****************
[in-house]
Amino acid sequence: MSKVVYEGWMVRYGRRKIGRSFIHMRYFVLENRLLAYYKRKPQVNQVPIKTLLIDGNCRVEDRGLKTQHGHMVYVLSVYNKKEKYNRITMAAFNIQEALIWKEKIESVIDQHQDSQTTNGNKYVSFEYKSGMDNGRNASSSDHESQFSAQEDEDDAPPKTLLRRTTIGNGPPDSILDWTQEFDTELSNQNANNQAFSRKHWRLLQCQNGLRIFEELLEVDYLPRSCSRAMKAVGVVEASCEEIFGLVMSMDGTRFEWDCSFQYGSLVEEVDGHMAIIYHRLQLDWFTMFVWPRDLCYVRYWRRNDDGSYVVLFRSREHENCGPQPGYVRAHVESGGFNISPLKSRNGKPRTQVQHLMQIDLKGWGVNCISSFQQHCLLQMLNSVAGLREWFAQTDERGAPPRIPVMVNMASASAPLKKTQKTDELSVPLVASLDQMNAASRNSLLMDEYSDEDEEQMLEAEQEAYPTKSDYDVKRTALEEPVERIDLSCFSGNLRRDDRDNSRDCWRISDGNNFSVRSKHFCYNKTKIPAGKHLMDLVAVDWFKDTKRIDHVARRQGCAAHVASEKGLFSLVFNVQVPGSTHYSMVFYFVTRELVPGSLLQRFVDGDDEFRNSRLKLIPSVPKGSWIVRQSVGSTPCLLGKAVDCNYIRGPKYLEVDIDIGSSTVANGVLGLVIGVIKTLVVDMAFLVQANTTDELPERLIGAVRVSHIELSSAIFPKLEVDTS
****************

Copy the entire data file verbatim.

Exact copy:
[in-house]
Amino acid sequence: MSKVVYEGWMVRYGRRKIGRSFIHMRYFVLENRLLAYYKRKPQVNQVPIKTLLIDGNCRVEDRGLKTQHGHMVYVLSVYNKKEKYNRITMAAFNIQEALIWKEKIESVIDQHQDSQTTNGNKYVSFEYKSGMDNGRNASSSDHESQFSAQEDEDDAPPKTLLRRTTIGNGPPDSILDWTQEFDTELSNQNANNQAFSRKHWRLLQCQNGLRIFEELLEVDYLPRSCSRAMKAVGVVEASCEEIFGLVMSMDGTRFEWDCSFQYGSLVEEVDGHMAIIYHRLQLDWFTMFVWPRDLCYVRYWRRNDDGSYVVLFRSREHENCGPQPGYVRAHVESGGFNISPLKSRNGKPRTQVQHLMQIDLKGWGVNCISSFQQHCLLQMLNSVAGLREWFAQTDERGAPPRIPVMVNMASASAPLKKTQKTDELSVPLVASLDQMNAASRNSLLMDEYSDEDEEQMLEAEQEAYPTKSDYDVKRTALEEPVERIDLSCFSGNLRRDDRDNSRDCWRISDGNNFSVRSKHFCYNKTKIPAGKHLMDLVAVDWFKDTKRIDHVARRQGCAAHVASEKGLFSLVFNVQVPGSTHYSMVFYFVTRELVPGSLLQRFVDGDDEFRNSRLKLIPSVPKGSWIVRQSVGSTPCLLGKAVDCNYIRGPKYLEVDIDIGSSTVANGVLGLVIGVIKTLVVDMAFLVQANTTDELPERLIGAVRVSHIELSSAIFPKLEVDTS